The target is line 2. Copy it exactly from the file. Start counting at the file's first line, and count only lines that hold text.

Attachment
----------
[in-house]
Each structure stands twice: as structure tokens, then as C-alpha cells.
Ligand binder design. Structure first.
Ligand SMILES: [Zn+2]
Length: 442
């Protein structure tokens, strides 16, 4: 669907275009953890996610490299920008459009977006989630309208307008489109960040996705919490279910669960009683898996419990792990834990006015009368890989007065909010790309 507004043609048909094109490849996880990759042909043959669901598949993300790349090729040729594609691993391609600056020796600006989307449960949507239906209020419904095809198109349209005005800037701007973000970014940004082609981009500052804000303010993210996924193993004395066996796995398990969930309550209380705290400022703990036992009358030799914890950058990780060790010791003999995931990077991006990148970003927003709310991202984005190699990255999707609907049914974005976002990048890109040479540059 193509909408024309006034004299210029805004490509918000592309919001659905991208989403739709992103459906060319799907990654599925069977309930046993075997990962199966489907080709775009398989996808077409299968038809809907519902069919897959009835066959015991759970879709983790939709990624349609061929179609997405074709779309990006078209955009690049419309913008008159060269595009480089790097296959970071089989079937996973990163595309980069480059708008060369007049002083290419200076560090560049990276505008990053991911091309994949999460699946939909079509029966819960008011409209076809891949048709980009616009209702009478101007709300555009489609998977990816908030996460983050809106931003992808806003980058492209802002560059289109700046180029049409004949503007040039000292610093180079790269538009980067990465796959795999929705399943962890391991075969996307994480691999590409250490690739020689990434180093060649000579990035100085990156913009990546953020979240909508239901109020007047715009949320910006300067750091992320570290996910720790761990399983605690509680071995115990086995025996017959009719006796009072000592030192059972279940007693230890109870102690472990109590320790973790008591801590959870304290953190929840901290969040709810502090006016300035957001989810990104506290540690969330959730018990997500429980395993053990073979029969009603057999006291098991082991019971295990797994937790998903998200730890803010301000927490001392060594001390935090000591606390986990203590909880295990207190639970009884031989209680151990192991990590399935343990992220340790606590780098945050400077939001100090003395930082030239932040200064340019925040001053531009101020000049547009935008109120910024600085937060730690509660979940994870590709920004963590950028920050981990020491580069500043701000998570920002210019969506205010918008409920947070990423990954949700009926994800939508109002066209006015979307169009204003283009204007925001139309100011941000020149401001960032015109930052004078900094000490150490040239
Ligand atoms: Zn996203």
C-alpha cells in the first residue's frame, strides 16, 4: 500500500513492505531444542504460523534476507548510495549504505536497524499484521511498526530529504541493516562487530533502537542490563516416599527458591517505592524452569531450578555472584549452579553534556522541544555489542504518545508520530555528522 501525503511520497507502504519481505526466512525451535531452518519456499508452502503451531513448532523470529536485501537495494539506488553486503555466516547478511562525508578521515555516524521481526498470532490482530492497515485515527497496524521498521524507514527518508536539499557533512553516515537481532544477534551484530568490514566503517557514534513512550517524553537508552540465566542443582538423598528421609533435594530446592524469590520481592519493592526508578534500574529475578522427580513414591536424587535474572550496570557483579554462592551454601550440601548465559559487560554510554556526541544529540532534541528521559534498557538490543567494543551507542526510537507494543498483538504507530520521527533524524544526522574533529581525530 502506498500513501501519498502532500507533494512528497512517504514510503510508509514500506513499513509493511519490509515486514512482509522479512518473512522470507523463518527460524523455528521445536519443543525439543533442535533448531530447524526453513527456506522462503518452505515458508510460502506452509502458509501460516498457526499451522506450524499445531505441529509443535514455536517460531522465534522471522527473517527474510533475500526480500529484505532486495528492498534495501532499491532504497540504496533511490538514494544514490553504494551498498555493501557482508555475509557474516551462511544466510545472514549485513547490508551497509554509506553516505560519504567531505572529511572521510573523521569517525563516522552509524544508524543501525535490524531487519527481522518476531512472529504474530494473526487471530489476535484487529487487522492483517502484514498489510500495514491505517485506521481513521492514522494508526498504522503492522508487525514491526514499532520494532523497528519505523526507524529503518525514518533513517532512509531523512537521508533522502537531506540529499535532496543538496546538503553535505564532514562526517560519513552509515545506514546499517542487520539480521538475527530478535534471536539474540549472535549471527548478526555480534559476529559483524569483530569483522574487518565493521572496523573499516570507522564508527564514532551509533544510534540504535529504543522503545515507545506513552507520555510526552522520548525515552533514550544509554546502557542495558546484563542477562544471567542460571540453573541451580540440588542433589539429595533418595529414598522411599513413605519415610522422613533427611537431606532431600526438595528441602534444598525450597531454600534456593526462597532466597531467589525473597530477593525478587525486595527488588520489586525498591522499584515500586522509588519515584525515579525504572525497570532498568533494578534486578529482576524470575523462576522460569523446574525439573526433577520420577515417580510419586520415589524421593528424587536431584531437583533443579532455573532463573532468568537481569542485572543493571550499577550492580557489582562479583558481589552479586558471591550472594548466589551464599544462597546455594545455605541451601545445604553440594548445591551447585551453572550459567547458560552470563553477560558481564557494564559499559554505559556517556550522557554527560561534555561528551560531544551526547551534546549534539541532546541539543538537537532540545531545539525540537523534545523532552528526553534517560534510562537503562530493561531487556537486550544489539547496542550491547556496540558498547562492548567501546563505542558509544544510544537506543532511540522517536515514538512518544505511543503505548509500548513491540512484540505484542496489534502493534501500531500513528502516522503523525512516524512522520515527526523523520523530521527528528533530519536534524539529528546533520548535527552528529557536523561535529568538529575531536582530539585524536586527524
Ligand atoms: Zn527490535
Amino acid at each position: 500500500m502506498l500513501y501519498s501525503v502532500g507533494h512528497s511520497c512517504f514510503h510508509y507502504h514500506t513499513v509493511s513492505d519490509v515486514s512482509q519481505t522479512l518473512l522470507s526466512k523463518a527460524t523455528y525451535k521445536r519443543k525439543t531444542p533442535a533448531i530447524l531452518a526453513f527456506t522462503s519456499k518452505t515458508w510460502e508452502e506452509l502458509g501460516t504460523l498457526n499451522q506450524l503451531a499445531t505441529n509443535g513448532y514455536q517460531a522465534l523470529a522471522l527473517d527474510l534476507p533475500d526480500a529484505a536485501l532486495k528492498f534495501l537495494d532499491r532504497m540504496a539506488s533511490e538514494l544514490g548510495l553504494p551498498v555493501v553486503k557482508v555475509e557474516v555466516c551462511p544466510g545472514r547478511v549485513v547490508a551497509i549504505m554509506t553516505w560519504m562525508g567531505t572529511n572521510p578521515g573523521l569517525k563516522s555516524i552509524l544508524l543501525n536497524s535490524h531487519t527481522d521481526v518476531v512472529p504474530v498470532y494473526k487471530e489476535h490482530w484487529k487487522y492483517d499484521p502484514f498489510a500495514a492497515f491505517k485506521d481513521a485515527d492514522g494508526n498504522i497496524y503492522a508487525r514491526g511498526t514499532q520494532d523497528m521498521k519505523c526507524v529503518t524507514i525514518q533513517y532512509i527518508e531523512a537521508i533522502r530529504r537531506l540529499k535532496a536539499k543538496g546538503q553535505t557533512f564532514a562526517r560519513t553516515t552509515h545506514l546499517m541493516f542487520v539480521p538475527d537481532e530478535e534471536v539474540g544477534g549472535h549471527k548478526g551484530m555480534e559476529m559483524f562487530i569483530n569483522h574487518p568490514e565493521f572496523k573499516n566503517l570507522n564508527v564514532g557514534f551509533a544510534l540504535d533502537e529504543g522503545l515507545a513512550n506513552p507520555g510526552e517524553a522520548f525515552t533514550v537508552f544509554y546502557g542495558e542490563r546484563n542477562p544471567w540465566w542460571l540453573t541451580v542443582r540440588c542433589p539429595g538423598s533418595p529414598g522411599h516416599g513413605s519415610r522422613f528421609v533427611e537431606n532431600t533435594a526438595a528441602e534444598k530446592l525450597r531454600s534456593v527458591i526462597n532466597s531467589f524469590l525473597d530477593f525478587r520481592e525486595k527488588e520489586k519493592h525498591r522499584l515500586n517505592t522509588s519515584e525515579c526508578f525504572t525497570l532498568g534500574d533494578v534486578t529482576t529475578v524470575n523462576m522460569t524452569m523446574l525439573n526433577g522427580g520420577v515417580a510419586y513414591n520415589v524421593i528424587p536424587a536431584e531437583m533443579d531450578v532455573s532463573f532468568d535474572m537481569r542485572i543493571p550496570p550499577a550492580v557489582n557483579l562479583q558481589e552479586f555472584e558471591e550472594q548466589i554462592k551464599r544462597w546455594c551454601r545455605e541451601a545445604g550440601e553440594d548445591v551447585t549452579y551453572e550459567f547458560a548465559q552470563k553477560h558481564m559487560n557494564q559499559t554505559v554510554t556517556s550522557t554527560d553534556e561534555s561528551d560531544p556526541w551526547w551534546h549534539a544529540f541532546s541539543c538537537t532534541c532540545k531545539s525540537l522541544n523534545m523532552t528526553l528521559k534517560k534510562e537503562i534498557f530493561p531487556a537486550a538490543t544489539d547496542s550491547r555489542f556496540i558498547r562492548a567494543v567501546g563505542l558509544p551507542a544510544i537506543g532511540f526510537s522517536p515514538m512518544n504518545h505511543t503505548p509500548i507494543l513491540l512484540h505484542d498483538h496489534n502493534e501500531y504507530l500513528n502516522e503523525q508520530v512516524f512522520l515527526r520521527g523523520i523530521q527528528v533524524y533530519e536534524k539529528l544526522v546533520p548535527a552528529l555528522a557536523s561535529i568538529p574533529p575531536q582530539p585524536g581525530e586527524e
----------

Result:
Each structure stands twice: as structure tokens, then as C-alpha cells.